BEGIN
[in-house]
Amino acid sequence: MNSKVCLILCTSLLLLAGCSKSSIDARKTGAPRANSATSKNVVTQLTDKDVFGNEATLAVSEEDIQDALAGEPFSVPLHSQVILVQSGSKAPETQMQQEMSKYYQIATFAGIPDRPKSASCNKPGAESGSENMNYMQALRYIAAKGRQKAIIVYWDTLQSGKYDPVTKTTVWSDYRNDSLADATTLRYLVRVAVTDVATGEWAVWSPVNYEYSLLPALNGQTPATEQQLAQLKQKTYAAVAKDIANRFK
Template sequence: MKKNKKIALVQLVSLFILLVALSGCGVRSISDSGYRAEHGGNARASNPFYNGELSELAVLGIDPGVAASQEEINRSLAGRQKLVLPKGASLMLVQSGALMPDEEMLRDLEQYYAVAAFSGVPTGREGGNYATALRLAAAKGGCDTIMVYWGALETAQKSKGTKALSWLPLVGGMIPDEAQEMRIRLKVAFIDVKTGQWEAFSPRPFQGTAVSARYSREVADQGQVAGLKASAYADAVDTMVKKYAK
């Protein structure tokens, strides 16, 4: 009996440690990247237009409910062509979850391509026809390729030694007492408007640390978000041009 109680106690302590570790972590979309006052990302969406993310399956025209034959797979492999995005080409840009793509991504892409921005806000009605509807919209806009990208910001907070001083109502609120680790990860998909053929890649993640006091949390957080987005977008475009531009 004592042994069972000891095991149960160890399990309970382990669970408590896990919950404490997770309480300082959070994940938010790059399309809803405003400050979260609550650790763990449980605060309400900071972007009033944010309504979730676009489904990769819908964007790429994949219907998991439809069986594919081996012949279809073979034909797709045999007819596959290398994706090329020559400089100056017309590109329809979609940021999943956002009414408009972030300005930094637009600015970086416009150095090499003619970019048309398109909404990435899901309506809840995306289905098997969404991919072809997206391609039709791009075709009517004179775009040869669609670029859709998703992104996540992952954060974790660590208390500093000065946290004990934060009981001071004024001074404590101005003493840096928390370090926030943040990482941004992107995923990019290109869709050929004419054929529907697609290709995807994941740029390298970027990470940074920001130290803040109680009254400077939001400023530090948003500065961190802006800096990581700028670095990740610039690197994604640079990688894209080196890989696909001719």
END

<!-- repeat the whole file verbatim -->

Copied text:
[in-house]
Amino acid sequence: MNSKVCLILCTSLLLLAGCSKSSIDARKTGAPRANSATSKNVVTQLTDKDVFGNEATLAVSEEDIQDALAGEPFSVPLHSQVILVQSGSKAPETQMQQEMSKYYQIATFAGIPDRPKSASCNKPGAESGSENMNYMQALRYIAAKGRQKAIIVYWDTLQSGKYDPVTKTTVWSDYRNDSLADATTLRYLVRVAVTDVATGEWAVWSPVNYEYSLLPALNGQTPATEQQLAQLKQKTYAAVAKDIANRFK
Template sequence: MKKNKKIALVQLVSLFILLVALSGCGVRSISDSGYRAEHGGNARASNPFYNGELSELAVLGIDPGVAASQEEINRSLAGRQKLVLPKGASLMLVQSGALMPDEEMLRDLEQYYAVAAFSGVPTGREGGNYATALRLAAAKGGCDTIMVYWGALETAQKSKGTKALSWLPLVGGMIPDEAQEMRIRLKVAFIDVKTGQWEAFSPRPFQGTAVSARYSREVADQGQVAGLKASAYADAVDTMVKKYAK
């Protein structure tokens, strides 16, 4: 009996440690990247237009409910062509979850391509026809390729030694007492408007640390978000041009 109680106690302590570790972590979309006052990302969406993310399956025209034959797979492999995005080409840009793509991504892409921005806000009605509807919209806009990208910001907070001083109502609120680790990860998909053929890649993640006091949390957080987005977008475009531009 004592042994069972000891095991149960160890399990309970382990669970408590896990919950404490997770309480300082959070994940938010790059399309809803405003400050979260609550650790763990449980605060309400900071972007009033944010309504979730676009489904990769819908964007790429994949219907998991439809069986594919081996012949279809073979034909797709045999007819596959290398994706090329020559400089100056017309590109329809979609940021999943956002009414408009972030300005930094637009600015970086416009150095090499003619970019048309398109909404990435899901309506809840995306289905098997969404991919072809997206391609039709791009075709009517004179775009040869669609670029859709998703992104996540992952954060974790660590208390500093000065946290004990934060009981001071004024001074404590101005003493840096928390370090926030943040990482941004992107995923990019290109869709050929004419054929529907697609290709995807994941740029390298970027990470940074920001130290803040109680009254400077939001400023530090948003500065961190802006800096990581700028670095990740610039690197994604640079990688894209080196890989696909001719």